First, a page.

c) slavery is justified as a will of God; and
d) "times now are not as they were" (despite precedents, current reasoning is entirely different and justifiably so).
Measures are taken for the sheriff of St. Louis County to turn over to Irene Emerson all proceeds of the Scotts' hire since 1848, but . . .
Judge Hamilton surprisingly overrules this formality. 11/2/1853 A new case is instituted in the federal courts, with the expectation of proceeding all the way to U.S. Supreme Court. On behalf of the Scotts, Roswell M. Field files Dred Scott -v- John F.A. Sanford, in the U.S. Circuit Court, charging a citizen of NY (Sanford) illegally assaulted, trespassed, etc. a citizen of MO and his family.
[The reason the case ultimately becomes Dred Scott -v- John F.A. Sanford (incorrectly spelled in many documents as "Sandford") is that Irene Emerson turns legal matters over to her brother, John Sanford.]
The federal trial begins [not in the Old Courthouse, but in a rented space at 38 Main St.]; only the statement of facts is given as evidence; Field requests the court to instruct the jury that, based upon these facts, the law is with Dred Scott (under the Ordinance of 1787, the IL constitution, and the MO Compromise)
Instead, Judge Wells instructs the jury that the facts do not operate to grant the slave his freedom, and the jury ultimately finds in favor of Sanford. The Judge reasoned that:
1) A master taking a slave to free territory merely suspends the condition of slavery and upon return to MO, the master's rights are revived;
2) the IL constitution and other statutes emancipating slaves were penal in nature against slaveholders and therefore the courts of other states were not bound to enforce them; and
3) U.S. courts follow state courts in interpretation of their own laws.
Field institutes an appeal to the U.S. Sup. Ct. by presenting a bill of exceptions stating his objections to ruling; Wells approves the bill of exceptions, and the appeal is in play.
What both parties want settled is the "once free, always free" doctrine, but:
a) citizenship of blacks becomes an issue (the Sup.Ct. makes it an issue); and
b) the path is now clear for an assault on the MO Compromise, although the parties didn't anticipate this either.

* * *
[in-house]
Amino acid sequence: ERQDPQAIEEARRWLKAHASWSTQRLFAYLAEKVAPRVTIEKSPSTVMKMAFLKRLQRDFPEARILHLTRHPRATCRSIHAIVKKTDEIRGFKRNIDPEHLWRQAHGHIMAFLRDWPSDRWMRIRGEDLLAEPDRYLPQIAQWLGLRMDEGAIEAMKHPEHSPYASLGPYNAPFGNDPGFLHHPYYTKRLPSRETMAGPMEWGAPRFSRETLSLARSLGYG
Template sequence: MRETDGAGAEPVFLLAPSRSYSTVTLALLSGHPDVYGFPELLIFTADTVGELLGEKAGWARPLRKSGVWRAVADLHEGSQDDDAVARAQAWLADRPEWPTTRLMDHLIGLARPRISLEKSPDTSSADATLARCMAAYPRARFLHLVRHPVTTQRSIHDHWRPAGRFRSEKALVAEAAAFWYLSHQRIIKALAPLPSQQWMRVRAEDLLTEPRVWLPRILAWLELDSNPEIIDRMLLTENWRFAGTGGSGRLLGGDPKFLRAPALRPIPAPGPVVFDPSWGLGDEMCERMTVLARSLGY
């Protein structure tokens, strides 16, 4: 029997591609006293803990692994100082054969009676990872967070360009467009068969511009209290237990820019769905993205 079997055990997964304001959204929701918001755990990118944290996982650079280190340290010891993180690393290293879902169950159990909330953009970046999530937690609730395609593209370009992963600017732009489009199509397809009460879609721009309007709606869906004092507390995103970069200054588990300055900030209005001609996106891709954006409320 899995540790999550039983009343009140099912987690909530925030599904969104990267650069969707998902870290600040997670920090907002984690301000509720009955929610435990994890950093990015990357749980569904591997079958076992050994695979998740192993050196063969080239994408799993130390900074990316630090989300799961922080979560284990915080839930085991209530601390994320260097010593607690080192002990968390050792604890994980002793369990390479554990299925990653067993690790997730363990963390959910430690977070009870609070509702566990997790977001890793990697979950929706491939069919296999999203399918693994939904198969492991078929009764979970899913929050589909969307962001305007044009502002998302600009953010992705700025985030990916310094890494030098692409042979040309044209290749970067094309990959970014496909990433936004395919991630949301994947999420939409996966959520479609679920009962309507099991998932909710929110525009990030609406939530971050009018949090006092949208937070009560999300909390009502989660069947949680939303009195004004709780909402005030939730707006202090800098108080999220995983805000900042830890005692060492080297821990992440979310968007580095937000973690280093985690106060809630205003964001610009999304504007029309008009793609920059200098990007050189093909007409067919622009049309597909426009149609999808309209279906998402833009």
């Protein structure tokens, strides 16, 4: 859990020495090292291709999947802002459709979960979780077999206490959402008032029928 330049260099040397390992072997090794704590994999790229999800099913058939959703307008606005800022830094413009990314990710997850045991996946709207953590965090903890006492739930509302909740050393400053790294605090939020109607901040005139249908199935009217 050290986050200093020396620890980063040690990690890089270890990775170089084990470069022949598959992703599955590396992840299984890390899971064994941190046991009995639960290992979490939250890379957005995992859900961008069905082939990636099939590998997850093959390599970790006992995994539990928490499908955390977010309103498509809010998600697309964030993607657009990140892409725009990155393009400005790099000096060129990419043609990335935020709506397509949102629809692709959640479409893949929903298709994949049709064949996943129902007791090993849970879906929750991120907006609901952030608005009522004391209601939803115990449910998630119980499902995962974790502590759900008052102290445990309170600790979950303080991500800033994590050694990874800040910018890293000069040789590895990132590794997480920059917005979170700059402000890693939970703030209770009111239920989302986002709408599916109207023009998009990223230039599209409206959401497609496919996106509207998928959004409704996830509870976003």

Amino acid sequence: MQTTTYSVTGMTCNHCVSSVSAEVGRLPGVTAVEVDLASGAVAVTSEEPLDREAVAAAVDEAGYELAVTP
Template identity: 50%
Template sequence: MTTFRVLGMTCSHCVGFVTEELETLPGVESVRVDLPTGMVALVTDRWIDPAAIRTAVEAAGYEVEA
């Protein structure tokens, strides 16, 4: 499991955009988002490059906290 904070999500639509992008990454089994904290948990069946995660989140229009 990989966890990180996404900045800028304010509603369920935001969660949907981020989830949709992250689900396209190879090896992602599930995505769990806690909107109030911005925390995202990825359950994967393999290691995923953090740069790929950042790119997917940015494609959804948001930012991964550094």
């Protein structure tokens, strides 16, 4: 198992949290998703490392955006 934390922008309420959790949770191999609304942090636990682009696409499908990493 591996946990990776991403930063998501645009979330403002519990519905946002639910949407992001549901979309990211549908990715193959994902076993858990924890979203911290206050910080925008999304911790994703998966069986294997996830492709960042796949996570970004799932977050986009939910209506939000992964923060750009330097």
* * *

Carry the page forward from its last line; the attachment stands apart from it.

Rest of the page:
The Supreme Court appeal is filed. 2/7/1856 Montgomery Blair files his brief in support of Scott's claim to freedom, essentially arguing for a ruling based on merits, not jurisdiction.
The case is argued before the Justices, first by Blair.
[Oral arguments at this point in history are not recorded in writing, unless the attorneys submit their briefs in written form, which Blair did not.]
Justice Taney reads the Court's ruling, a 7-2 majority opinion, for 2-1/2 hours. (This version was revised at least twice before being published and disseminated, which accounts for some historical discrepancies about the ruling's exact wording.) In part, the majority ruling addresses:
- Dred Scott's right to sue court – though different Justices cited different reasons, the majority agrees he could not;
- The place of blacks in American society – the majority agrees blacks are inferior beings with no rights;
- The citizenship of Negroes – because Negroes are not considered citizens under the Declaration of Independence or the Constitution, this is taken to mean they have no rights; further, that it is obvious the rights and privileges conferred to the master cannot be conferred upon the slave; and further, that no state grants citizenship (even if a state grants certain protections and some rights of citizenship, no state allows blacks to bear arms, to vote, or to serve as jurors in a case of a white litigant); and finally, that all naturalization laws are restricted to whites;
- "Obiter Dictum" – Taney claims this is not extrajudicial because "the correction of one error in the court below does not deprive the appellate court of the power of examining further into the record and correcting other material errors…";
- Congressional power to prohibit slavery in territory – Taney concludes Congress is empowered to make rules and regulations only regarding land and public property, not over slaves that were private property; further, that Congress cannot deprive any citizen of life, liberty, or property without due process of law (and that, under the Constitution, a slave is property); and
- "Once free always free" – Relying on Strader -v- Graham, Taney rules that a slave in a free state is not permanently emancipated.